News Release

Observations indicate strengthening of tropical Pacific western boundary currents for six decades

Peer-Reviewed Publication

Science China Press

Figure 1

image: Geostrophic currents retrieved from multi-decadal hydrological observational data based on WOA18 ((a), (b), (d), (e), cm s?1) and the mean horizontal absolute velocity |u| in the upper 200 m simulated by OFES ((c), cm s?1). The black solid line in the intermediate panel (c) represents the location of each section of geostrophic currents. Please note that the interval of velocity contours in the moderately deep undercurrent areas is small. view more 

Credit: ©Science China Press

Under the background of global warming, the energy budget of the earth is out of balance with more than 90% of additional heat entering the ocean.

The tropical Pacific Ocean has an important influence on the global tropical climate and the climate of China, and the tropical Pacific Western Boundary Currents (WBCs) that flow through it plays an important role in the climate system. Large-scale ocean circulation redistributes ocean heat and mass and is hence one of the basic dynamic processes that shape the earth's Marine environment. The tropical Pacific WBCs system is a key part of the global ocean circulation system. Accurate assessment of the variation of the tropical Pacific WBCs is of much significance for better understanding of the variability of the Earth's climate system.

Recent study has shown that under the background of global warming, the global mean ocean circulation has significantly accelerated over the past 20 years, and this acceleration process is mainly in the global tropical waters. However, it is not clear whether the tropical Pacific WBCs will strengthen or weaken in the context of global warming, and the key to answering this question lies in ocean observations.

Recently, an article titled "Multi-decadal trends in the tropical Pacific western boundary currents retrieved from historical hydrological observations" was published in the Science China Earth Sciences. The research team led by Professor Shijian Hu, who is the first author from Institute of Oceanology, Chinese Academy of Sciences, evaluate the multi-decadal trends in the tropical Pacific WBCs using historical hydrological observations collected in the past over 60 years.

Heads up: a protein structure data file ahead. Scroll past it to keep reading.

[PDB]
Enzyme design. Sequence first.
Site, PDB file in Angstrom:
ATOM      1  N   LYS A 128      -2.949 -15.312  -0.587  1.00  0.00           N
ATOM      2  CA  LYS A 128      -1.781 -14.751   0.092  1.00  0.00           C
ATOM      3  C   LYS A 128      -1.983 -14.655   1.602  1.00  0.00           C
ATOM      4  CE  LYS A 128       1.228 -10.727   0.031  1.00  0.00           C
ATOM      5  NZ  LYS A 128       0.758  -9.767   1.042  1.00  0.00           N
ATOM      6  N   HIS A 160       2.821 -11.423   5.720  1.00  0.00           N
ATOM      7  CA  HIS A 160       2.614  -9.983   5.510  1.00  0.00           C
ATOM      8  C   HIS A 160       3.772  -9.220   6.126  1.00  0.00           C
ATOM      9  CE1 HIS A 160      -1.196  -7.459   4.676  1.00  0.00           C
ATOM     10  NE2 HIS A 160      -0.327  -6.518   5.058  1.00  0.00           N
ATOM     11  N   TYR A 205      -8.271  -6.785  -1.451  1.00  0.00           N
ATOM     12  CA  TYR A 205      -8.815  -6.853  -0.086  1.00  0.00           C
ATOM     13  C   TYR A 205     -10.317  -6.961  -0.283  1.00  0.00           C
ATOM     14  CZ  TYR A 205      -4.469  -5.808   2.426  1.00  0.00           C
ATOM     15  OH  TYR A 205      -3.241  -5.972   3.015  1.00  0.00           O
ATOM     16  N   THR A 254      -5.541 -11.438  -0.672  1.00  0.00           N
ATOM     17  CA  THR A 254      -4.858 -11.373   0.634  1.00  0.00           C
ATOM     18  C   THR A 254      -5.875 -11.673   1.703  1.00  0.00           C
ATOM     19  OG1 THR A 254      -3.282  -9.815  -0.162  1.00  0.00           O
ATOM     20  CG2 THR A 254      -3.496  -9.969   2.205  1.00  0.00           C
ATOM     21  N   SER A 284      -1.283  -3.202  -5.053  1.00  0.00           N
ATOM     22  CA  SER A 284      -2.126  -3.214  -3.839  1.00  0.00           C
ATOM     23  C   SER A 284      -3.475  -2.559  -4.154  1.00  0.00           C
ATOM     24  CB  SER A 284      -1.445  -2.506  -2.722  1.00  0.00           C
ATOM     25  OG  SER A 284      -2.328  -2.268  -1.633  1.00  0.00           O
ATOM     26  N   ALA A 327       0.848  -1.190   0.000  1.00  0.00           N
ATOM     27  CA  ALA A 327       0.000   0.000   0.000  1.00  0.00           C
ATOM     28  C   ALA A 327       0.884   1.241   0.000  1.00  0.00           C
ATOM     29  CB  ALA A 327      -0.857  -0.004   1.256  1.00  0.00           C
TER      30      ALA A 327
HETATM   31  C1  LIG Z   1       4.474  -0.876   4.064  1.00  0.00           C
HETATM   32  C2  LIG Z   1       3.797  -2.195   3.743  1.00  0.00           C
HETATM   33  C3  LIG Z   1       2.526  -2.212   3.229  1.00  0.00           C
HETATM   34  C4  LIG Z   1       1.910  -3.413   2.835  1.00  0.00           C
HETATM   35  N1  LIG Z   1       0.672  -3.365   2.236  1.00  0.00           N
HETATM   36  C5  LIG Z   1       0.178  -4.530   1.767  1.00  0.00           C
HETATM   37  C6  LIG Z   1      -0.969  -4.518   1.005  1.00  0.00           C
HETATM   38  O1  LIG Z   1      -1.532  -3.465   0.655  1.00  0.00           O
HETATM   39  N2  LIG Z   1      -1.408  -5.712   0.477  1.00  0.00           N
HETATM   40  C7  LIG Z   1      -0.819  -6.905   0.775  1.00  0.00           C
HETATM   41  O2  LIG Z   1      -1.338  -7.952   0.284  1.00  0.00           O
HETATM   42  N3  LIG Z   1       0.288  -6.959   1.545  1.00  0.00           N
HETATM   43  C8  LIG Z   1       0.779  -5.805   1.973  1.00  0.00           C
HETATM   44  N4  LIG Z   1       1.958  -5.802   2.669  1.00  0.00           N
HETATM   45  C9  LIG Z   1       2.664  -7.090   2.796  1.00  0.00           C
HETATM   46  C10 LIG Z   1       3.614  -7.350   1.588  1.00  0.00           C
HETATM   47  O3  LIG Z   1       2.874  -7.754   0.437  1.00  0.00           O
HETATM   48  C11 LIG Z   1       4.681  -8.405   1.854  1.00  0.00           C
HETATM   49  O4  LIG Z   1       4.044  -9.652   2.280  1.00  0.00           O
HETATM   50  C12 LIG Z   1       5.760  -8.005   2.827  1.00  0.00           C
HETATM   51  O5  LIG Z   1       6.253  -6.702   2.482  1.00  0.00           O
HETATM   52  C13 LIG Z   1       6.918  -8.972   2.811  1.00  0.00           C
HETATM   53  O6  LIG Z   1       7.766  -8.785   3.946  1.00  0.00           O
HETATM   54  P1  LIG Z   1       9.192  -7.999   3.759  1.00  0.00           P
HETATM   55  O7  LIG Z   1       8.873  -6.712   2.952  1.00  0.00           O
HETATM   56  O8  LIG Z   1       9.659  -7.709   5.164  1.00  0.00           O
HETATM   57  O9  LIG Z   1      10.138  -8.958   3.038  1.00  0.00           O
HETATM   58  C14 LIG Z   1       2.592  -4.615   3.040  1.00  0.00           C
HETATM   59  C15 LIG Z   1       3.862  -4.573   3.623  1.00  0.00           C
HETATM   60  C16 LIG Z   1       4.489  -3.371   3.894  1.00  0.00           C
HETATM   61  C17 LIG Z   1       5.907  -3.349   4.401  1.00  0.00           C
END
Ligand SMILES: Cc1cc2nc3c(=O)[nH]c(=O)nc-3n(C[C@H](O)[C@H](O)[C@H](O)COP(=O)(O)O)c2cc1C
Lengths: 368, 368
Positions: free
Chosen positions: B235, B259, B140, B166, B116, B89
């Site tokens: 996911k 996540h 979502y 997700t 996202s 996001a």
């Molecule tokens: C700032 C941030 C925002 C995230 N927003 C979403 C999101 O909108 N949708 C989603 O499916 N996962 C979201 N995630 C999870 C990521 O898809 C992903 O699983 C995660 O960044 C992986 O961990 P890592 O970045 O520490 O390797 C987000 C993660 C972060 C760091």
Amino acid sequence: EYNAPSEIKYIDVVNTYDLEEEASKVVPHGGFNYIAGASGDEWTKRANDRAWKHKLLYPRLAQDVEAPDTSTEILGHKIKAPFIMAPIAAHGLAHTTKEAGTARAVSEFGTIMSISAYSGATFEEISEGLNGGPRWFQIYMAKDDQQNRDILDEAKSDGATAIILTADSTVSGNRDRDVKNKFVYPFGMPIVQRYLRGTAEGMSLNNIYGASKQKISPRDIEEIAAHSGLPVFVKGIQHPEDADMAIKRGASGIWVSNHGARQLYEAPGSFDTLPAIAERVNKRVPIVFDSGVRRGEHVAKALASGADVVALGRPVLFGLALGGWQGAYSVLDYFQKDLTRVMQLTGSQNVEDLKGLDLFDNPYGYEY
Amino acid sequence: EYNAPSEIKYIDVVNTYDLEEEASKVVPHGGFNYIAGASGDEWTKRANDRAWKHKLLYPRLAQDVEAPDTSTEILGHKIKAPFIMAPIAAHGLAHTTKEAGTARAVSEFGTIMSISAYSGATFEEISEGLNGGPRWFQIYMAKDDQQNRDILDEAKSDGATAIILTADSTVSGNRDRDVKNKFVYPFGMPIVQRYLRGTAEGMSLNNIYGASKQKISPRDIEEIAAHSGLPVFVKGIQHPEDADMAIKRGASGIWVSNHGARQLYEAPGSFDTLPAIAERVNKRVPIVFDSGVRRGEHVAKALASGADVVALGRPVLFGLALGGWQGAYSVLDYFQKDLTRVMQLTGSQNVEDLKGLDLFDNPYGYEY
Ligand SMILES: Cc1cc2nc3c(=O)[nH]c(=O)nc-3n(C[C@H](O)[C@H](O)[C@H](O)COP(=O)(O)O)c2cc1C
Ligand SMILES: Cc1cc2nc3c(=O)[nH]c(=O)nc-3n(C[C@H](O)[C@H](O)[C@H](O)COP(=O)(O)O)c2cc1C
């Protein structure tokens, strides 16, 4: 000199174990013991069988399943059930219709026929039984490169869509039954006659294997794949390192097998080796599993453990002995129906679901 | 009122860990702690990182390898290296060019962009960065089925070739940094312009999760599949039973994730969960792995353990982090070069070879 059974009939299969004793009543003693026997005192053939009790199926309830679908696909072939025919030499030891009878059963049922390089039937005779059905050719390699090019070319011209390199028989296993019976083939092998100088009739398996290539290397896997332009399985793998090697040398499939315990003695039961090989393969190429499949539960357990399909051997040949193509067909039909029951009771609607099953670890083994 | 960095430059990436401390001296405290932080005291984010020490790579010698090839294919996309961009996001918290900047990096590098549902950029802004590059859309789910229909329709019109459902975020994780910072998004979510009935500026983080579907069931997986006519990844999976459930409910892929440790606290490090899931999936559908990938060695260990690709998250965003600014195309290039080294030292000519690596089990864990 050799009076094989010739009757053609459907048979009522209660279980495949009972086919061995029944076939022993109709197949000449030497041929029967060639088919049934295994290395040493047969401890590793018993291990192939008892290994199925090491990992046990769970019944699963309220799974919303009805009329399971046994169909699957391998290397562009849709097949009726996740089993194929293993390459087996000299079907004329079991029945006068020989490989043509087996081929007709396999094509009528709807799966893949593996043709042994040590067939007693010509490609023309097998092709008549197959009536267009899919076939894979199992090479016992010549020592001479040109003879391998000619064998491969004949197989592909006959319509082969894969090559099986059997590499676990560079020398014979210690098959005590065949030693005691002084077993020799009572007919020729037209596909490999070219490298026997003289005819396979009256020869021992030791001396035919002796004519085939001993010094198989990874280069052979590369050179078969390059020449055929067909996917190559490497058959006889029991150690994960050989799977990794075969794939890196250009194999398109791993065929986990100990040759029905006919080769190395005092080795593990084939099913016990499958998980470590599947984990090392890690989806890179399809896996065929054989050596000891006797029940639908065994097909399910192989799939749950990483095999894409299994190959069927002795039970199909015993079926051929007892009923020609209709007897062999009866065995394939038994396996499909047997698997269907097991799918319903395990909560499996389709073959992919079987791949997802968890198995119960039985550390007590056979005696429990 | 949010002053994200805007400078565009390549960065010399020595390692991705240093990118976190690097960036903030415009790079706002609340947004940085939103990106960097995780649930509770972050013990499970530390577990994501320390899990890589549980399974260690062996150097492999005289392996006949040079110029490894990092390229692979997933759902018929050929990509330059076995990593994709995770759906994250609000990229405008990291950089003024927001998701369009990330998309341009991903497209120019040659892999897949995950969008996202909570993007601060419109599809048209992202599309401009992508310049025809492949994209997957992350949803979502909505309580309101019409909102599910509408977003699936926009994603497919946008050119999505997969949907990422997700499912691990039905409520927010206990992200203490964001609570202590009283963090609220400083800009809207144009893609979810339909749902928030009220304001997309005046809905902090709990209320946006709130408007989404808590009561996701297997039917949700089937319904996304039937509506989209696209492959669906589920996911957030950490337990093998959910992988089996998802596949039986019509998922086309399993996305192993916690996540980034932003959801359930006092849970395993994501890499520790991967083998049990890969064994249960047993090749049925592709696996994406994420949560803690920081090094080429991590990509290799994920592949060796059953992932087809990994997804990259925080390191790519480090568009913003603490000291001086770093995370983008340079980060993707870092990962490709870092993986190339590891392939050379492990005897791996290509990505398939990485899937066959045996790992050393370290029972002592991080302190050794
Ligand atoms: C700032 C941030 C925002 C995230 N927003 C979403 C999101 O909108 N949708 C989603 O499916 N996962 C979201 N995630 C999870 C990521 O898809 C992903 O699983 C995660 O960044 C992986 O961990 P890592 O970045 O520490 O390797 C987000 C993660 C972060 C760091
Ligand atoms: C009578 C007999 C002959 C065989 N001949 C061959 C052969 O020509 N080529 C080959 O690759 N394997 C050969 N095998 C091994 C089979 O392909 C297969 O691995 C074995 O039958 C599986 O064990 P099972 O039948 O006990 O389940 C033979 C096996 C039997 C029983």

Hu's team focused on the tropical Pacific region and calculated the geostrophic components of the North Equatorial Current (NEC), North Equatorial Countercurrent (NECC), Mindanao Current (MC), Kuroshio in the origin and the New Guinea Coastal Undercurrent (NGCUC) using decadal mean hydrological observations from the World Ocean Atlas 2018 (WOA18), which is available from 1955 to 2017. Volume transports of the WBCs and their multi-decadal trends are estimated, and contributions of temperature change and salinity change to the trends are discussed. It is found that the NEC, MC and NGCUC show a significant strengthening trend in the past six decades, mainly due to the contribution of temperature change, and the trend pattern of dynamic height is consistent with the WBCs trend. Zonal wind stress averaged over the WBCs' latitudes of the western tropical Pacific is found to accurately reproduce the decadal variability and multi-decade strengthening trend of the WBCs. The authors suggested that the observed intensification of WBCs is attributed to a strengthening of trade winds in the western Pacific Ocean. This study provides important observational evidence for estimating the multi-decadal trend of large-scale ocean circulation in the western Pacific under a rapid climate warming.


This research was funded by the National Natural Science Foundation of China, the Strategic Priority Research Program of Chinese Academy of Sciences (CAS), and the CAS-CSIRO Project Fund. Shijian HU is a member of the Youth Innovation Promotion Association of CAS.

See the article: Hu S, Lu X, Li S, Wang F, Guan C, Hu D, Xin L, Ma J. 2021. Multi-decadal trends in the tropical Pacific western boundary currents retrieved from historical hydrological observations. Science China Earth Sciences, 64(4): 600-610,

Disclaimer: AAAS and EurekAlert! are not responsible for the accuracy of news releases posted to EurekAlert! by contributing institutions or for the use of any information through the EurekAlert system.